I had always held in the back of my mind that I would one day write that book.

Then, after writing several fiction titles, and as a result of my local reporting, I met the woman who would later become my literary agent.

During my anonymous years, I worked with a few prominent journalists working in the extremist realm. This was always done strictly off the record, until September 2021, when my agent had a frank discussion with me about the reality of selling my book to a major publisher. "You have got to get your name out there," she said to me during a phone call.
So, the next time a reporter made contact, this time for The Washington Post, I decided to allow her to attribute quotes using my name in an article published on September 17, 2021. I had no idea the avalanche of attention it would unleash.

I was soon approached by ABC News, which was working on a documentary about the January 6 attack on the U.S. Capitol: Homegrown: From Standoff to Rebellion. This led to a couple of appearances on Nightline, and even a clip of the documentary being shown on Good Morning America.

These events took place around the first anniversary of the January 6 attack, and it's clear to me that the investigators for the Select Committee were on their game. Because, around 6am on the morning of January 7, 2022, I had a voicemail waiting for me from one of the lead investigators, saying they were very interested in speaking with me.

It's not like they offer classes at the local community college on navigating a congressional investigation. And, let's face it; I don't exactly have the best track record when it comes to life decisions. But thank the gods I had the foresight to reach out to someone I would have years ago never had imagined contacting—a former Acting U.S. Assistant Attorney General for National Security.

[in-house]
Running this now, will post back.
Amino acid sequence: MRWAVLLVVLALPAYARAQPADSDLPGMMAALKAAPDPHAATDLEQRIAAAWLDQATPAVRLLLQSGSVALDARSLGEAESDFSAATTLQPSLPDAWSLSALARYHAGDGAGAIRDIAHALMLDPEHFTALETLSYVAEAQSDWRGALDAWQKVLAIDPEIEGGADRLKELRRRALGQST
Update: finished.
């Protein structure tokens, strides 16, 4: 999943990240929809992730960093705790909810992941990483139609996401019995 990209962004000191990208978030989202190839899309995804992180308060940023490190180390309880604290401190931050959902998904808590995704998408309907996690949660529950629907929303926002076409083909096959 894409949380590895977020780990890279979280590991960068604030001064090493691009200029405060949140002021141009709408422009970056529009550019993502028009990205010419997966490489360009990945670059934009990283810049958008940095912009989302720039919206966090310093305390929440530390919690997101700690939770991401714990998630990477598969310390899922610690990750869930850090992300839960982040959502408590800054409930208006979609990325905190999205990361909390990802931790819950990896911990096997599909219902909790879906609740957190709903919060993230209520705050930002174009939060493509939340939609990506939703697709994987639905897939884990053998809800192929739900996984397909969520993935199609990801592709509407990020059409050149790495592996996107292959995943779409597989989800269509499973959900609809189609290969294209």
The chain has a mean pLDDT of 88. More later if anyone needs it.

Ex-Oath Keeper Jason Van Tatenhove's Security Pass
Jason Van Tatenhove's security pass from July 12, 2022, the day he testified in the House select committee's investigation into the January 6 attack on the U.S. Capitol. Jason Van Tatenhove

Mary McCord was also featured in the documentary and had actually attempted to reach out to me at the same time. After a couple of missed connections, we were able to connect—thanks to a friend of mine, Mike—and it was exactly the help I needed. She was able to explain the processes and even help me find the rock star legal team, Akin Gump Strauss Hauer & Feld LLP, that helped to prepare me for my testimony.

In total, I was asked to partake in four interviews. The first was informal and off-the-record done through a Zoom-like app. This was before I had secured legal representation and involved a lot of fear and uncertainty. The following two were sworn testimony. I flew into Washington, D.C. for the second taped interview. My attorneys held my hand, metaphorically speaking, and helped me navigate all of it. I don't know what I would have done without them.